Regardless of whether tonight’s Iowa Caucuses are won by Mitt Romney, Rick Santorum or Ron Paul, one thing is for sure – the victor won’t be a Rhode Island resident. Again.
No Rhode Islander has been picked for the national ticket of one of the two major political parties since the Democratic Party’s establishment in 1828 and the Republican Party’s creation in 1856, said Chris Barnett, spokesman for Secretary of State Ralph Mollis.
The last Rhode Island resident to make the ballot was Richard Walton, who was the Citizens Party’s vice-presidential nominee in 1984. Walton and his running mate, Sonia Johnson, won 240 votes in Rhode Island against the Reagan-Bush and Mondale-Ferraro tickets.
“As anyone who receives email from the R.I. Green Party forum knows, the Warwick resident is still politically active,” Barnett added.
In an ode to the dying art of the hammer-throw, The New York Times offers this surprising bit of local trivia (emphasis mine):
In the United States, the hammer may be the least heralded sport in track and field. Throwers are often banished to fields away from the main arena because officials fear lawsuits and worry the weights will pock their carefully manicured fields. In Eugene, the site of the United States outdoor track and field championships Thursday through Sunday, the hammer throw field is closer, adjacent to the track where the fans pack the stands.
Decades ago, in the glory days of track and field, the hammer was more popular in the United States, with more than 20 states fielding high school teams in the discipline. Now only Rhode Island carries the hammer as a high school sport.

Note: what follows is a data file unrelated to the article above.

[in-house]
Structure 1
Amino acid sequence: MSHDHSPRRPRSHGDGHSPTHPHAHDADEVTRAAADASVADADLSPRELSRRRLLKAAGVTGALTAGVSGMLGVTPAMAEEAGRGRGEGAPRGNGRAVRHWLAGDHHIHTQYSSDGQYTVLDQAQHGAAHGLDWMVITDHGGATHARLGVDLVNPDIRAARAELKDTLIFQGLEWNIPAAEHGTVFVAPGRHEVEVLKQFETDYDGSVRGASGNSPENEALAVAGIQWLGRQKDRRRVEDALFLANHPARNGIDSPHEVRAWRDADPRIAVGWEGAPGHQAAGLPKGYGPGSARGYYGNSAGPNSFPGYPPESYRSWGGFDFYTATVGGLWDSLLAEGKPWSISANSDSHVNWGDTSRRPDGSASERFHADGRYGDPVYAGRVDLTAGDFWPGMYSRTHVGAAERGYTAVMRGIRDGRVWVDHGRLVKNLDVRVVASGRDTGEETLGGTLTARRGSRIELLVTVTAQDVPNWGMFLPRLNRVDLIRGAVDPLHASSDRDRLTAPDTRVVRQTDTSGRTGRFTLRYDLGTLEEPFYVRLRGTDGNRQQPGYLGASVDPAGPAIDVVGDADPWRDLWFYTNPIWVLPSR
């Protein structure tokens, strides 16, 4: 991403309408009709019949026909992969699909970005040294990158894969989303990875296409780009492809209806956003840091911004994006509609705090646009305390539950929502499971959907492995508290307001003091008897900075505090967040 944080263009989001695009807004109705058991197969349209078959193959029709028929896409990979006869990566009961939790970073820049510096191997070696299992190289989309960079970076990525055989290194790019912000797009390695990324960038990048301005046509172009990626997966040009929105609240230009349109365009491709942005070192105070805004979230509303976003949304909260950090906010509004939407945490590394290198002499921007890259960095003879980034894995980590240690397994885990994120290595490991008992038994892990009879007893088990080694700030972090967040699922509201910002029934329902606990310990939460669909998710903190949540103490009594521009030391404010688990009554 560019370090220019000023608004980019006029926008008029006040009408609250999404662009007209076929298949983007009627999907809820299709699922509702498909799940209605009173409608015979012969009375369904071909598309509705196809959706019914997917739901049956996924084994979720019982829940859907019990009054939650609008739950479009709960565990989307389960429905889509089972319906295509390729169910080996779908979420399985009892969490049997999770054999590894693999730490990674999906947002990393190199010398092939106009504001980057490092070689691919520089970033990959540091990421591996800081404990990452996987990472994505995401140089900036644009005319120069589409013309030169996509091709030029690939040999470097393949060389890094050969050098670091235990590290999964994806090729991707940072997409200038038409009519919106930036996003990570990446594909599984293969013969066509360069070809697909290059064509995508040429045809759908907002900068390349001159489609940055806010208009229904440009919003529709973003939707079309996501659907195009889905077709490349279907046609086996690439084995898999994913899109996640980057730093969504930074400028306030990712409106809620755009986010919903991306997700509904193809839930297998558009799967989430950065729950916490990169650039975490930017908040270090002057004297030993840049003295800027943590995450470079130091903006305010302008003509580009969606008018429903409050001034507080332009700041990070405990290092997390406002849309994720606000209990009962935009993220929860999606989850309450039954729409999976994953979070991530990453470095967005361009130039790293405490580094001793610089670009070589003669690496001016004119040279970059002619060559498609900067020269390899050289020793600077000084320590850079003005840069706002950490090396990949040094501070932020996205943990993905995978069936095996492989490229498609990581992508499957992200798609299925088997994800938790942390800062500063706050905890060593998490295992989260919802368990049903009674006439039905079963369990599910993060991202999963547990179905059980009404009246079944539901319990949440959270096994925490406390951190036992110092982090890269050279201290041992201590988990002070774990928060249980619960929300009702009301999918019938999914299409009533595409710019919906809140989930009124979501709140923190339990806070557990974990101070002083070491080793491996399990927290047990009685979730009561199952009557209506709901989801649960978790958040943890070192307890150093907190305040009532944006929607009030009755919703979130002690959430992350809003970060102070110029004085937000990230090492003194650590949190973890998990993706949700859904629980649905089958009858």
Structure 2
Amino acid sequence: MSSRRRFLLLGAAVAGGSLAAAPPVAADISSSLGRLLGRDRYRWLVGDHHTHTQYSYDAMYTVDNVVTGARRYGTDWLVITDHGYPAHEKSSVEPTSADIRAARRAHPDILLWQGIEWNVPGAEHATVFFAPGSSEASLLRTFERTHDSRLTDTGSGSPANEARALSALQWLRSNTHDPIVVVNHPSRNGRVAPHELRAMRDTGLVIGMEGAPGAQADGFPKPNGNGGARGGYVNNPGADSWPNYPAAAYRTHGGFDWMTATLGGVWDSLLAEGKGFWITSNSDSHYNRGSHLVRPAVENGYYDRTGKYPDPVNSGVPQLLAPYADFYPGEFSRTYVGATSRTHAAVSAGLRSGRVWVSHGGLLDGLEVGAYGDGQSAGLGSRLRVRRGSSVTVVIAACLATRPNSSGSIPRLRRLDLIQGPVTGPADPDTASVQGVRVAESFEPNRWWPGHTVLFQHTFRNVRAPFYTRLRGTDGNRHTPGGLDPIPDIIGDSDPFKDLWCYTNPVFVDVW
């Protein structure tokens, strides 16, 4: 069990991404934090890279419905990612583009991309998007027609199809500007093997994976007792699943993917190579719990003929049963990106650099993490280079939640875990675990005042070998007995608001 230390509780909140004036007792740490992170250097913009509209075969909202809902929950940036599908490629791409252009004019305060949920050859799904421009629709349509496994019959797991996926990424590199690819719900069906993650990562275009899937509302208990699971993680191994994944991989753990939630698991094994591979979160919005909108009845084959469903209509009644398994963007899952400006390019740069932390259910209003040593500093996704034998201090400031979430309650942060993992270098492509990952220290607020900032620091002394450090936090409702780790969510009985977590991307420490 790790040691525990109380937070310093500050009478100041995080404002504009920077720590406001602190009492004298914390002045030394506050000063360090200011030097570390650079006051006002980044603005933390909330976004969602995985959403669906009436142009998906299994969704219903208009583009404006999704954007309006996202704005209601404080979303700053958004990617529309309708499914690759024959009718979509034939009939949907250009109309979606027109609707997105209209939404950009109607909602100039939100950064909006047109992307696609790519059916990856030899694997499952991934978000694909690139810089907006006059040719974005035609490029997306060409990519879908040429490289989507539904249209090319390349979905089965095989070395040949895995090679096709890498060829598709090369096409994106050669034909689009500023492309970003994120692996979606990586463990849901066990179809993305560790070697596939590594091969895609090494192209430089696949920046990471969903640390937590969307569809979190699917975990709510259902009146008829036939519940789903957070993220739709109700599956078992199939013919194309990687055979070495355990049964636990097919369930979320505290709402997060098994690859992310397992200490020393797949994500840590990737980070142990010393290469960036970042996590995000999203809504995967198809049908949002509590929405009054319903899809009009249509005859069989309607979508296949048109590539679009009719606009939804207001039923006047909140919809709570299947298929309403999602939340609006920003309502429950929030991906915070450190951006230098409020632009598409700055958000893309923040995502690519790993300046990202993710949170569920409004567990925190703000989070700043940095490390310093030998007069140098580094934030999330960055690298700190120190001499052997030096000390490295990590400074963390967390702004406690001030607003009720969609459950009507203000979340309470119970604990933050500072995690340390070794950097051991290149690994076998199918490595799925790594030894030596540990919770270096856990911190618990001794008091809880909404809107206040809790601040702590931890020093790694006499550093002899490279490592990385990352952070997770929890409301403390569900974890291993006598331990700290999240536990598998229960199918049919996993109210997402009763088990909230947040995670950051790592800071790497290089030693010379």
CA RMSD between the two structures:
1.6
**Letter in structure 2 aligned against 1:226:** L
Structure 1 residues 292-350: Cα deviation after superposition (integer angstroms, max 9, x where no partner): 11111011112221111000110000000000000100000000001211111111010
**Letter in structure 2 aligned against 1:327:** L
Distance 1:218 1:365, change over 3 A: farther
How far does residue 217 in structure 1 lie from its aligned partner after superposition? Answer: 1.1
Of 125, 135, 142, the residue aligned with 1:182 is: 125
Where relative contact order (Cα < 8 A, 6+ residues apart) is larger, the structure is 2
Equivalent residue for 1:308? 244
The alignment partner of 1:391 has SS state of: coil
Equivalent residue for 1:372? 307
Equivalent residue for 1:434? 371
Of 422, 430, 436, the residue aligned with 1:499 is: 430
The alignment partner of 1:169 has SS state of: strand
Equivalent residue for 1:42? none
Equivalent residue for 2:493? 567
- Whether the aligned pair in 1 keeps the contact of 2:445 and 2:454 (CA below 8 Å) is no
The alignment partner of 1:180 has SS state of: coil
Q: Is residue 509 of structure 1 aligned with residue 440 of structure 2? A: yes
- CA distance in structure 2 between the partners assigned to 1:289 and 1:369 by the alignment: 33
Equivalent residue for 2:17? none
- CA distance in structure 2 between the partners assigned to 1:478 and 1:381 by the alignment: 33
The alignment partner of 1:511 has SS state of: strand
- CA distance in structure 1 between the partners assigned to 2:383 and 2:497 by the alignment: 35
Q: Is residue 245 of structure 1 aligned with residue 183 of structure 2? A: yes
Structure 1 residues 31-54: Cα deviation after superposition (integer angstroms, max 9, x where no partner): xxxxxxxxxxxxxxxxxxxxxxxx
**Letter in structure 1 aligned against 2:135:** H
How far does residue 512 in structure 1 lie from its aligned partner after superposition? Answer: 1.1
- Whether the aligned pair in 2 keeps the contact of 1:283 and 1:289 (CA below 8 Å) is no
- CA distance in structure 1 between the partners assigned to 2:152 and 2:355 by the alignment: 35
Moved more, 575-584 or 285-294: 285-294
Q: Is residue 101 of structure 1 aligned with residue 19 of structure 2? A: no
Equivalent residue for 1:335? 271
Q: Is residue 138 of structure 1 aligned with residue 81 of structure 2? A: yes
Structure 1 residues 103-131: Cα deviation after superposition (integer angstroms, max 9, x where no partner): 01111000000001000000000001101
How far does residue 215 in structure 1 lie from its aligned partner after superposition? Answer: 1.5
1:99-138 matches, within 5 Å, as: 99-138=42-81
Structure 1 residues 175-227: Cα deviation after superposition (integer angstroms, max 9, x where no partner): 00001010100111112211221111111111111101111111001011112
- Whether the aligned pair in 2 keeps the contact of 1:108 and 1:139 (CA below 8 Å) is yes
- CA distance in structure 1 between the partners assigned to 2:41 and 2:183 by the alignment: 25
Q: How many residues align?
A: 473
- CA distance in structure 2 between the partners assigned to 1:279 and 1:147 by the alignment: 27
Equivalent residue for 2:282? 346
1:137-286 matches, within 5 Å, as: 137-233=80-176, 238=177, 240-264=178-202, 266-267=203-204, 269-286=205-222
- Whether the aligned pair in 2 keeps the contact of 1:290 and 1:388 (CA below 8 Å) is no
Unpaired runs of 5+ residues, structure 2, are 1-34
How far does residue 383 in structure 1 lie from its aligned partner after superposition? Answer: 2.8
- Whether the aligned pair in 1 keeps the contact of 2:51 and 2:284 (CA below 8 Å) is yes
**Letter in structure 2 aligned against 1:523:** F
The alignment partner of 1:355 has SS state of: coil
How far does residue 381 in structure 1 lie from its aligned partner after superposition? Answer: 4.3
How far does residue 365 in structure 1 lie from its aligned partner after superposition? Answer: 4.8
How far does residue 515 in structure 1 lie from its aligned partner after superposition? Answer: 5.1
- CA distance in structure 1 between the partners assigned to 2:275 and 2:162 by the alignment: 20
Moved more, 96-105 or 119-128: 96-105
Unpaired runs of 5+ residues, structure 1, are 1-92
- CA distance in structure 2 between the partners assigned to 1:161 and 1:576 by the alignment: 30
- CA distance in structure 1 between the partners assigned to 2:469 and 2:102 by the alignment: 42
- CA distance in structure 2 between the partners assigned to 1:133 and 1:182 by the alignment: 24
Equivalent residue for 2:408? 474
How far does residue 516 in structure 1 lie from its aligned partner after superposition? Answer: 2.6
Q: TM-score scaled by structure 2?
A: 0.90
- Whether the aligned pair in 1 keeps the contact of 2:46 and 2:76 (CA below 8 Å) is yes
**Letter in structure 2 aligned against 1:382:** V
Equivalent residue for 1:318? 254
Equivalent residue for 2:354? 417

I wonder what the reason for that is? Might explain why Mayor Taveras took that photo at 38 Studios.
(photo: British Olympic Association, via Wikipedia)
“Ernie D,” as he was known – shades of Pauly D? – was NBA Rookie of the Year in 1974 after a stellar season with the Buffalo Braves. (They’re now the LA Clippers.)
DiGregorio was born in North Providence and attended PC. He “helped revolutionize the concept of the fast-break offense,” according to his biography on the website of the National Italian American Sports Hall of Fame (which apparently exists). But his career mostly fizzled out after that first year, and he retired in 1981.
While writing about the Film & TV Office yesterday, I wondered whether it was really true that the hip 1956 musical “High Society” was filmed in Newport, as opposed to being set there but filmed in Hollywood.
Steven Feinberg, the office’s executive director, wrote in to tell me that indeed it is. Not only that, he said, but the late state Rep. Paul Crowley‘s father actually let MGM’s crew use his station wagon to secure the camera as they drove down Bellvue Avenue to film the opening sequence.
“High Society” was a remake of “The Philadelphia Story” with Cole Porter supplying the music, and featured an all-star cast including Frank Sinatra, Bing Crosby, Grace Kelly and Louis Armstrong. It’s not the only toe-tapping flick set in 1950s Newport, either; the classic “Jazz on a Summer’s Day” documents the 1958 Newport Jazz Festival.
And Feinberg’s e-mail gives me a good excuse to post the opening sequence he described – dig that Satchmo style: